- - Wednesday, January 25, 2017

ANALYSIS/OPINION:

THE AMERICAN MIRACLE: DIVINE PROVIDENCE IN THE RISE OF THE REPUBLIC

By Michael Medved

Crown Forum, $29, 418 pages

Michael Medved is one of America’s most successful talk radio hosts. An Orthodox Jew, he attended law school, worked as a Democratic Party aide and speechwriter, and eventually found a permanent home in the Republican Party. He’s a member of USA Today’s board of contributors, a former New York Post film critic, and has written books on everything from politics to Hollywood.

His newest book, “The American Miracle: Divine Providence in the Rise of the Republic,” may be his finest work to date.

Mr. Medved examines U.S. history from the Pilgrims to the bloody Civil War. There was a unique connection that many important figures of these periods shared: an unwavering belief in the divine providence, or God’s intervention in our world. “[T]he Founders and their successors who perceived a providential role in the nation that they shaped,” the author argues, “weren’t ignorant simpletons with delusions of grandeur.” Rather, the “perception of higher purposes and grand plans in that case, as in so many others, counts as appropriate, even necessary.”

This means that, similar to the “colorful collection of scoundrels and heroes” who helped shape this nation, “we retain the personal and communal choice of how to respond to haunting, plentiful signs of God’s continued collaboration in the American miracle.”

Indeed, there have been many extraordinary events, surprising coincidences, and quirks of fate that the large footsteps of the early American legends traveled on. Are they just examples of how unusual and intriguing daily life can be, or a sign that there really is a master plan in place? It’s obviously left up to the reader to decide.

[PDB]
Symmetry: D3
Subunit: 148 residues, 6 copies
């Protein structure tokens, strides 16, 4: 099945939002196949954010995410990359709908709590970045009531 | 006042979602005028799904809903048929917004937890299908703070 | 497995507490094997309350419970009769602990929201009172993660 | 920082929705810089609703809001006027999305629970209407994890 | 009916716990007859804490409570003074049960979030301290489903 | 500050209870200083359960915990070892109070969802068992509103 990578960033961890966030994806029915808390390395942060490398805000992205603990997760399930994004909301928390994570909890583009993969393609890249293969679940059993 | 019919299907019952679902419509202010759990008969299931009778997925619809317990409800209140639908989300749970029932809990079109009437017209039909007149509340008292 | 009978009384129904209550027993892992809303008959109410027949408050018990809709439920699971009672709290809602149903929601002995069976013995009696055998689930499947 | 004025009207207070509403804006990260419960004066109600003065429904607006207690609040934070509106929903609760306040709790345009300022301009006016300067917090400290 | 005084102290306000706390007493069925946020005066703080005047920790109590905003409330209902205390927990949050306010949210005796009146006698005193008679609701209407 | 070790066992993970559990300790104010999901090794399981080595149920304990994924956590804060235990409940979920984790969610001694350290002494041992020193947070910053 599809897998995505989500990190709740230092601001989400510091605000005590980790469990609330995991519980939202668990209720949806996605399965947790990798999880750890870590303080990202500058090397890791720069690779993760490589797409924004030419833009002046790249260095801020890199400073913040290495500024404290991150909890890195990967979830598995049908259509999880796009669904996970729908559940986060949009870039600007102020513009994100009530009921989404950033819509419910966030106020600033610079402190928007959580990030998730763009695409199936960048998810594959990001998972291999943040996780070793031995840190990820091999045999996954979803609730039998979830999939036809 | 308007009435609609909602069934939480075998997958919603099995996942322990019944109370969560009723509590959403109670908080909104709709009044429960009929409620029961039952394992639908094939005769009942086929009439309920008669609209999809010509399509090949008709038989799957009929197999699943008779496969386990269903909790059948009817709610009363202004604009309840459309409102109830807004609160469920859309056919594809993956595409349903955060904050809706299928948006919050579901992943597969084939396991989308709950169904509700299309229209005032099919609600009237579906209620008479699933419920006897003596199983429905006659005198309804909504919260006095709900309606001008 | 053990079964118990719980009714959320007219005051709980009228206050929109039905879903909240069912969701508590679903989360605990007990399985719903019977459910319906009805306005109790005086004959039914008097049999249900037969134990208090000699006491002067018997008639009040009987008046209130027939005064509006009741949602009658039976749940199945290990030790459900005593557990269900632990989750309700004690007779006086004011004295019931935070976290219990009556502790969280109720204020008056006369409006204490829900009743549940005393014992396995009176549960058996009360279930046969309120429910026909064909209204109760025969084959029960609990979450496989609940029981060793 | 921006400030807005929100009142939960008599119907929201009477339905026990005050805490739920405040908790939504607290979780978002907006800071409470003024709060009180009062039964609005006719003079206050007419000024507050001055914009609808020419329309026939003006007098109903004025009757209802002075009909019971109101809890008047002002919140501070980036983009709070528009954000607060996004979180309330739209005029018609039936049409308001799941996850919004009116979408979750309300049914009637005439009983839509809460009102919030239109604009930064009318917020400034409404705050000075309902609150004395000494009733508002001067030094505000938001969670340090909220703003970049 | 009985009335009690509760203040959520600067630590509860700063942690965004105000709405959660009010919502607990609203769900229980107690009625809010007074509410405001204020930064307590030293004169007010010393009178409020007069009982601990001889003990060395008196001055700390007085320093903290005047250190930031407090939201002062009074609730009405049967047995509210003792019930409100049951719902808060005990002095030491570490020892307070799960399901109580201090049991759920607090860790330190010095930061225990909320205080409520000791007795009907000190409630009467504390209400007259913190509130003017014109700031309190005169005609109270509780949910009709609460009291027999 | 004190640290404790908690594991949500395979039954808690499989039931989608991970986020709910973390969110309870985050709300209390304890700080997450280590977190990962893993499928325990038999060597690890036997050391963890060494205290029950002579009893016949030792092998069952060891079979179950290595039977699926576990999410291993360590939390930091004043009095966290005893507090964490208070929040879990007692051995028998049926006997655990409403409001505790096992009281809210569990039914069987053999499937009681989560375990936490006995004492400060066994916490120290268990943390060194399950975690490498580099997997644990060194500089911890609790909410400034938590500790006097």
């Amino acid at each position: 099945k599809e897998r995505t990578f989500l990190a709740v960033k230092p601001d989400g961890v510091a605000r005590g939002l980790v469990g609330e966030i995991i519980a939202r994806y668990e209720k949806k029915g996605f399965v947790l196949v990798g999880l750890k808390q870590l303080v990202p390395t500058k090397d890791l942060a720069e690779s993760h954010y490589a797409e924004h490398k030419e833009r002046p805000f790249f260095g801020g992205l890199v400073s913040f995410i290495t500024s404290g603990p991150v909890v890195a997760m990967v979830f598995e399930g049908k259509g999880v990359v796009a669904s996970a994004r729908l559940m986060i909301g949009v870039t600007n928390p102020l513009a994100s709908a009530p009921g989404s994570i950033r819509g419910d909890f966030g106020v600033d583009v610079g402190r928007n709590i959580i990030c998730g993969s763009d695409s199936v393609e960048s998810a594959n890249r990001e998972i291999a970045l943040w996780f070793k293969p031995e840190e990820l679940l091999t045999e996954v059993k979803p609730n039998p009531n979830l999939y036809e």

Mr. Medved points out some intriguing examples in “The American Miracle.”

Two former presidents, John Adams and Thomas Jefferson, died on the same day: July 4, 1826. On the 50th anniversary of this great nation, to boot. They were revolutionary heroes, fierce political rivals and great friends. As the author writes, many of their contemporaries, like Daniel Webster, “saw an unavoidable message in the simultaneous passing of the two great men” and how they “ascended to immortality.” Their lives and careers were always intertwined, so it seems almost appropriate that they would both leave this mortal coil together.

George Washington’s battles in the Revolutionary War may have had a moment of divine providence. His troops had been hammered by the British on Long Island. A final blow to the “retreating army still huddled at the Brooklyn docks” could have ended the campaign, and the Americans “acknowledged that he easily could have overwhelmed their defenses.” Yet, for some reason, British Gen. William Howe didn’t strike. He held off for days, in fact. Mr. Medved notes that this odd military decision gave “Washington and his beaten and battered Continentals the chance to break away to fight another day — another seven years.”

Even Abraham Lincoln experienced some strange events during the Civil War.

Here’s one of them. In 1862, a 46-year-old corporal, Barton W. Mitchell, happened to notice an envelope a few feet away from where he was resting. Much to his joy, it contained “three fragrant cigars” that were “wrapped in two long papers covered with dense handwriting in a clear but cramped script.” Mitchell initially tossed away the paper, but “curiosity got the better of him.”

What he found was absolutely shocking. It contained a two-page document from the Army of Northern Virginia which “seemed to spell out in great detail the disposition of the full rebel army and [Gen. Robert E.] Lee’s point-by-point instructions to each commander of his dangerously divided forces in their ongoing invasion of the North.”

In due course, it was determined that this note had been handwritten by Lee’s chief of staff, Gen. Robert H. Chilton. When it reached Lincoln’s hands, he quickly realized the importance of this document. It helped the Union immeasurably during the fighting at Antietam Creek, which the president believed was “the signal from on high he required for his plans.” And all because of three stray cigars.

What are the odds of these events happening? Enormous, to the point that you would have a more realistic chance of winning the lottery. Good fortune is the most plausible explanation, unless you believe that luck is for rabbits. Even those of us who aren’t religious (including me) will be hard-pressed to explain them away with ease.

Some people believe in miracles. Others don’t. After reading Mr. Medved’s fascinating book, it would be interesting to find out how people have subsequently changed their minds.

Michael Taube is a contributor to The Washington Times.

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